To Improve Performance, Celebrate Discipline

There is something absolutely thrilling about watching a really good marching band, so imagine my delight in seeing eight drum and bugle corps from around the country perform at the Rotary Music Festival in Cedarburg, Wisconsin on Tuesday evening, July 3. What a perfect way to celebrate the 4th of July!

The performances were awe-inspiring. Formations took shape on the stadium field almost magically and I marveled at the way members got to their positions, sometimes taking tiny baby steps and sometimes moving in great strides. The fluidity and grace of the performances gave testimony to remarkable athleticism and discipline of movement. Every step was on purpose and timed to perfection. And then there was the music! Incredible.

Drummers are the heartbeat of the show. Their long white cuffs emphasize the motion of their forearms and I was mesmerized by the crispness and absolute precision of their exhibition. The sound of drums beating in unison is enough to stir anyone’s soul, from the rat-a-tat on rims to the deep rolling power that sounds like thunder over the plains. The transition from one sound to another evoked a range of emotion and I wasn’t the only one with an occasional tear in my eye.

Before the show started, I heard parents talk about the rigorous training their kids endure as members of the corps. The first year is the hardest. They hate the relentless practice, the insistence of coaches that movements be done one specific way, the pressure to perform, the lack of relaxation time. Most kids want to quit.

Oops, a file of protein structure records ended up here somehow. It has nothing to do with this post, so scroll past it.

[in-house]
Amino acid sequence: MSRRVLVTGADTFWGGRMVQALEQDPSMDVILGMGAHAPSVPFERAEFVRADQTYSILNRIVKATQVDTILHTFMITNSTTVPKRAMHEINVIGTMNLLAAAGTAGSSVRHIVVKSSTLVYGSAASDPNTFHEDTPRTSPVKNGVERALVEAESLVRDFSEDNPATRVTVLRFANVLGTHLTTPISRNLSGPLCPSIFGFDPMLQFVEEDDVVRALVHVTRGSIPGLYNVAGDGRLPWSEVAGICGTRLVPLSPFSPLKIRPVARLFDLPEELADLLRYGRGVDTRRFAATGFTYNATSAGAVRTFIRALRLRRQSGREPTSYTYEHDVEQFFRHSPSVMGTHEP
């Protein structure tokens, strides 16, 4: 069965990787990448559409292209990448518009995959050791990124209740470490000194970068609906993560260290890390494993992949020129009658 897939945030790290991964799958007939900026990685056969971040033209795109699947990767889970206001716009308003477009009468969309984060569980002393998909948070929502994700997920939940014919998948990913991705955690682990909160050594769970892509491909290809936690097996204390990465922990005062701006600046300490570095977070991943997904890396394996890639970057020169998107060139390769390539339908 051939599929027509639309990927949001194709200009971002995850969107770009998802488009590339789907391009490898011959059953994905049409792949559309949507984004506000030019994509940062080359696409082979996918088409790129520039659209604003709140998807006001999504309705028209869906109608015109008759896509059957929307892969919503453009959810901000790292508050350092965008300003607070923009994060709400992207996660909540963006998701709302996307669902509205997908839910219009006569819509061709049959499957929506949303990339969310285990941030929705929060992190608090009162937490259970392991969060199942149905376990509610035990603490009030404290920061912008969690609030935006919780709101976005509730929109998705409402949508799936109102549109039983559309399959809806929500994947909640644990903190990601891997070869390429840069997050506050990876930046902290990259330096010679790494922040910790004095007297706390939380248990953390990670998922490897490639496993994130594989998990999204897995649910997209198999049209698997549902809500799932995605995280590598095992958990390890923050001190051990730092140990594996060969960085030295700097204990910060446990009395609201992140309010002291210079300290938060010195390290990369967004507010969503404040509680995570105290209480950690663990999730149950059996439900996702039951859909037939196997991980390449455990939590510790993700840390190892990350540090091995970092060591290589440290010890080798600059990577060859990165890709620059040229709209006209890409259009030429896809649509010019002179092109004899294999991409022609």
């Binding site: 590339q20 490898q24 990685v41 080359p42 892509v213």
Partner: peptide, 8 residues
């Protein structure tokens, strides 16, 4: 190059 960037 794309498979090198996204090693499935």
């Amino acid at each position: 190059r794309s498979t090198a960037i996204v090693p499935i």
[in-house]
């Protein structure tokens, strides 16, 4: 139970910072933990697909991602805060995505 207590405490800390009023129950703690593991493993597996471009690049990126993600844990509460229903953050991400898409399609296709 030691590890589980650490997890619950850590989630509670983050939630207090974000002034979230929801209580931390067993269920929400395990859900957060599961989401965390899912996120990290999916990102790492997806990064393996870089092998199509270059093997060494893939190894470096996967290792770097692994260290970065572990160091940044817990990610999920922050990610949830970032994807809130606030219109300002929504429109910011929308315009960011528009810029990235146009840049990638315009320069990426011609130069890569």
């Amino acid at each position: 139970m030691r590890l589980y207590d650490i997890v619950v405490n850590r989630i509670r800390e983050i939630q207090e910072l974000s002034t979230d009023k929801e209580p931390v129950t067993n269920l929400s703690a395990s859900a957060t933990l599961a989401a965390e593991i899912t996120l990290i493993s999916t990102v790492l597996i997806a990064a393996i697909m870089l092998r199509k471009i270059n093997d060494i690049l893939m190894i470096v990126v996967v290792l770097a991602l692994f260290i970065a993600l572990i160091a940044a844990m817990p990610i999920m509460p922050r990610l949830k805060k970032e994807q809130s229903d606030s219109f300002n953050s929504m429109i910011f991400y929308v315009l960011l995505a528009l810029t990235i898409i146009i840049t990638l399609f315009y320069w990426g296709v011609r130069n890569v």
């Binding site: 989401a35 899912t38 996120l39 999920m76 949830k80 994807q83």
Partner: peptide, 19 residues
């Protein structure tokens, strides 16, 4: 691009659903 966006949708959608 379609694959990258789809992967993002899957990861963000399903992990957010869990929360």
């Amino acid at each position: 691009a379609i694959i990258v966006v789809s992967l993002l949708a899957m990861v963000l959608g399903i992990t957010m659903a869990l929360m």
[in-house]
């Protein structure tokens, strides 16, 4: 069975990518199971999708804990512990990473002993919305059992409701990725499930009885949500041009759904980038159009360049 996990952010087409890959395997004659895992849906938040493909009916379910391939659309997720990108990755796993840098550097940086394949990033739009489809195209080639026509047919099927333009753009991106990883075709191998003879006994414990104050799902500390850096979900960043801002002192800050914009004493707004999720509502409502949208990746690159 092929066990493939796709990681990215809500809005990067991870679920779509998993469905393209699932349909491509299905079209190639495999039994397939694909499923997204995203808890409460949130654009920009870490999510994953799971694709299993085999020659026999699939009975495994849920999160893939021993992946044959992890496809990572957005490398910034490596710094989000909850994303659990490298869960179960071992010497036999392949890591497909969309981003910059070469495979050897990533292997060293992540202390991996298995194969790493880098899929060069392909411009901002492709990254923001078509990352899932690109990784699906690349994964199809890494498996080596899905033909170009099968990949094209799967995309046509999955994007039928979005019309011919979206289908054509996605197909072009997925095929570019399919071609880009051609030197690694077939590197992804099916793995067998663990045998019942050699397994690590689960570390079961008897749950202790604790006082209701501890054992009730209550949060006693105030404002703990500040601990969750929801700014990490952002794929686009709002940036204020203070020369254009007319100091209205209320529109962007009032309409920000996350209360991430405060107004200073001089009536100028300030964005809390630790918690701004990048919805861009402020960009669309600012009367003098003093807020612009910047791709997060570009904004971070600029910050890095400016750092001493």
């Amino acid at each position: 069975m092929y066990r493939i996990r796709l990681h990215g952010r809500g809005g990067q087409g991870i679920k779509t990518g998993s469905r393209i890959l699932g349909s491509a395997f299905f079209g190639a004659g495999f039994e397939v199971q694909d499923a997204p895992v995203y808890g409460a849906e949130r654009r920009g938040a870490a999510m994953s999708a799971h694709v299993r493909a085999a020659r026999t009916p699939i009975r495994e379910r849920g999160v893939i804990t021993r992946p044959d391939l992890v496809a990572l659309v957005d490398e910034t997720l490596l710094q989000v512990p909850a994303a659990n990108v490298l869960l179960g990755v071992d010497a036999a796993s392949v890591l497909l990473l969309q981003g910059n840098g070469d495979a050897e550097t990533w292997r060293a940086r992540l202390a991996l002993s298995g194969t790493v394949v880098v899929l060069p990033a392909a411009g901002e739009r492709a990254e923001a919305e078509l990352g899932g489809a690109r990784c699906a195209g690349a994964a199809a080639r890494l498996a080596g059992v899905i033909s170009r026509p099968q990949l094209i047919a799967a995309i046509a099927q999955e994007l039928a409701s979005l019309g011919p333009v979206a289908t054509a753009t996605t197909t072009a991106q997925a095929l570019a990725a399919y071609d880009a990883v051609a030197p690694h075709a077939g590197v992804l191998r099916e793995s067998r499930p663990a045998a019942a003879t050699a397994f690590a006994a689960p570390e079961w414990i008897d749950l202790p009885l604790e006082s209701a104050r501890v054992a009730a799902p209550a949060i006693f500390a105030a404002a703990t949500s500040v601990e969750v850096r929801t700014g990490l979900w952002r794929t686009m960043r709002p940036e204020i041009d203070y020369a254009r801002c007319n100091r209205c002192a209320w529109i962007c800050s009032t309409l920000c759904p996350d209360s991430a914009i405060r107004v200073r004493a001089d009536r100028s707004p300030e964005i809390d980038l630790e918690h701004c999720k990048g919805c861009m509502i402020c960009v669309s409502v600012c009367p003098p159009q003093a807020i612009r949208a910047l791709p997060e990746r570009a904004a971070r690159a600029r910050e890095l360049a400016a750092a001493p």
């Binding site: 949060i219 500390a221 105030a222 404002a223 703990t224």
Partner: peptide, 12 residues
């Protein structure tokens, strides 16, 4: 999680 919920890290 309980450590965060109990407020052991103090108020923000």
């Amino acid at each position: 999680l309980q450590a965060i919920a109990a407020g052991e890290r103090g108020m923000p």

For those who stay, a transformation occurs. Deep and lasting friendships develop over long hours of grueling and sometimes mind-numbing practice; confidence and pride grows, too, until it seems like it bursts out of them with every step they take. Kids become adults.

I was inspired as I watched the result of their hard work, sacrifice, and discipline. Their performances made me want to do more and be better. That’s what happens. Great work inspires others.

It’s difficult to do great work because the rewards don’t come right away. Sometimes it takes years to see the positive results of conditioning and practice. Many give up long before. I guess that’s what separates those who truly aspire to greatness and those who want it but are unwilling or unable to invest in the discipline to attain it.

Performance by a drum corps, or any performing artist, is truly a celebration of discipline. It got me thinking of other instances in which discipline creates pride and happiness. I thought of chefs, miners, students, engineers, race car drivers, athletes, soldiers, and moms. To be proficient at any work requires learning, practice, and endurance. When people make up their minds to be the best, they accept the sacrifice and pain that often go with it.

How about you? Do you aspire to greatness? Do you want your work to inspire others? Will you embrace perseverance in your chosen vocation or avocation? If so, you can look forward in time to your own celebration of discipline.

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About Susan Marshall

founder susan marshall

Susan A. Marshall is author, speaker and founder, whose mission is to create a stronger, more confident future, one person or team at a time.  Through personal experience and hands-on work with executives from diverse industries at all levels, Susan has had the privilege of helping thousands of people do the difficult and exhilarating work of growth.